Peter Hibberd, M.D., is a doctor whose advice is based on more than 28 years of hospital outpatient and inpatient experience. He is an experienced emergency medicine physician, surgeon, and consultant. Dr. Hibberd is certified by the American Board of Emergency Medicine. He is also a fellow and active member of the American Academy of Family Physicians, an active member of the American College of Emergency Physicians, and a member and fellow of the American Academy of Emergency Medicine. Dr. Hibberd has earned numerous national and international professional certifications, memberships, and awards.

Why Is My Right Side Larger Than My Left Side?

Wednesday, 09 June 2010 05:06 PM

Question: The entire right side of my body seems to be larger than the left half! Four years ago I had blood clots in my right leg and lung, and at that time I noticed the right leg was larger than the left. It wasn't until a couple of years ago that I could see a difference in the entire right side. Could you give me an explanation?
Dr. Hibberd's Answer:
There is a common misconception that our bodies are symmetrical. The most common question I encounter about the subject is from women concerned that one breast is smaller than the other. Actually, it is highly unusual to find someone with breasts the same size. In the same fashion, it is unusual to find anyone with symmetrical upper extremities. We usually find the dominant side to be somewhat larger than the other.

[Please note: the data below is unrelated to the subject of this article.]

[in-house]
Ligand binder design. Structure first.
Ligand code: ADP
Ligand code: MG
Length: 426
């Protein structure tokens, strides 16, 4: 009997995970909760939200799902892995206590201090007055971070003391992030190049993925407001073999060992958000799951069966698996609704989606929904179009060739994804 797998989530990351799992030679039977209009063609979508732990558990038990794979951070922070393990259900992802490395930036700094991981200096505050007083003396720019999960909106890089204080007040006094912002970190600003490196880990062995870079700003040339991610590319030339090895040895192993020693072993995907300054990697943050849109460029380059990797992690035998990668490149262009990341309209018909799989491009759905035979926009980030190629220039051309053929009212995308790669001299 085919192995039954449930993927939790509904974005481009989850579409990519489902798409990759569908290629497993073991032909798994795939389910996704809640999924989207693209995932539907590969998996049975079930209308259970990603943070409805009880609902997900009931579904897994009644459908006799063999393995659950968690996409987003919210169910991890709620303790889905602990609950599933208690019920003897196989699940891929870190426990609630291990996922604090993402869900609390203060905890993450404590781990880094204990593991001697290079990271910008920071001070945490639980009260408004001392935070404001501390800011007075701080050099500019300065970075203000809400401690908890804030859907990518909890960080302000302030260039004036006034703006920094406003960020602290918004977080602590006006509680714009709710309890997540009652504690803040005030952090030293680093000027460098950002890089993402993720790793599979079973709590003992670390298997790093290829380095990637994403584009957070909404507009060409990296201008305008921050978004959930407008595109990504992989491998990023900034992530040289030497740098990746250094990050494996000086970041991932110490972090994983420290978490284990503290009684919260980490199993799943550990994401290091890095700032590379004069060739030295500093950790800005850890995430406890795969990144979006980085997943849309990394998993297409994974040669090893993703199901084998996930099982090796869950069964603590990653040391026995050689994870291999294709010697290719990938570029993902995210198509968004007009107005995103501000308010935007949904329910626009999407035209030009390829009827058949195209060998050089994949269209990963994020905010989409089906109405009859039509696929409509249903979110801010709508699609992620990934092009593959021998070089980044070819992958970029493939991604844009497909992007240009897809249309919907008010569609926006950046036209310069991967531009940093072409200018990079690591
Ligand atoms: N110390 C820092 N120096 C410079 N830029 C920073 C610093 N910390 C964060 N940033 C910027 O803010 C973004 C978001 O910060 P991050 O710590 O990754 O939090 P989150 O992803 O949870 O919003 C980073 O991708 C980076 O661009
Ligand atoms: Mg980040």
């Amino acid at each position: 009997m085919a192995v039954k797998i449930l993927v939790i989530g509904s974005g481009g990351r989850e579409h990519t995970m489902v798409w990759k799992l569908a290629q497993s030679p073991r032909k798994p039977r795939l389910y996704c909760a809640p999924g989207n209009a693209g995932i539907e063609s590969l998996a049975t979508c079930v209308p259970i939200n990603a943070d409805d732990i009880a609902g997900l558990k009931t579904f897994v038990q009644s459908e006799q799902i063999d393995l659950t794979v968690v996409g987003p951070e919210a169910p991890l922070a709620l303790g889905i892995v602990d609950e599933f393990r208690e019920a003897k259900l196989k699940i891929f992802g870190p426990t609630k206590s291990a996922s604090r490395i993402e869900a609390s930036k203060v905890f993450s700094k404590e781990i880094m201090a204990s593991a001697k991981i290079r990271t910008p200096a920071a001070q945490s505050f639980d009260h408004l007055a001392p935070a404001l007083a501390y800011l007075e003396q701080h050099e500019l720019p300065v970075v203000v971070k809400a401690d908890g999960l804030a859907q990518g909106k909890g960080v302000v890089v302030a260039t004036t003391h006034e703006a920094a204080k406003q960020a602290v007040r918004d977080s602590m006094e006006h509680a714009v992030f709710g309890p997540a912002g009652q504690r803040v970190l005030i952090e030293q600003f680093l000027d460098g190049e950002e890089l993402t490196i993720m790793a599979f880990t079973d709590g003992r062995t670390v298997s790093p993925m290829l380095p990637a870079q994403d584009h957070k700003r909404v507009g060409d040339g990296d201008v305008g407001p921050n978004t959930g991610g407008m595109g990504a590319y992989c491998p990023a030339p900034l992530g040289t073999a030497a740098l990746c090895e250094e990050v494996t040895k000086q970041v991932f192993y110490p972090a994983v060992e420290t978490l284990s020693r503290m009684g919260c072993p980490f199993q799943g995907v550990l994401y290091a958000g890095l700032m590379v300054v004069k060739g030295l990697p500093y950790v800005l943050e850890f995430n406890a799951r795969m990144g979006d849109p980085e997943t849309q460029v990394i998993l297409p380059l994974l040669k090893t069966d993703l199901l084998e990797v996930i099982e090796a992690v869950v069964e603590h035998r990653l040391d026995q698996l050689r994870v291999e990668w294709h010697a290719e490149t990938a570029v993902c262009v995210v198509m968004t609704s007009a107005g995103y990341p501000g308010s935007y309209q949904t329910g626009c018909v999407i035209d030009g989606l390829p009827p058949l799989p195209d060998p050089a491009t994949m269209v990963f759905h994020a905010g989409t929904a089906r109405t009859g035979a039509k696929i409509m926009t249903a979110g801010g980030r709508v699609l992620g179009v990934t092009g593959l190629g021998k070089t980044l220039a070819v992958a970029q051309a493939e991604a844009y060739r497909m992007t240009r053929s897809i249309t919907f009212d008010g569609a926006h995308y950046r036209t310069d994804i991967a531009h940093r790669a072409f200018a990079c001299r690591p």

That is, right handed individuals will usually have more muscular (translate as larger) arms and forearms on the right when compared to the left side. Problems with blood draining are usually on both sides of the body unless a local obstruction such as a clot, tumor, infection, local swelling or injury is present. Rarely, lymphatic drainage problems may be present with asymmetric swelling. This will require a professional to recognize, so seek the examination from your medical doctor who will arrange for proper evaluation if it is indicated.

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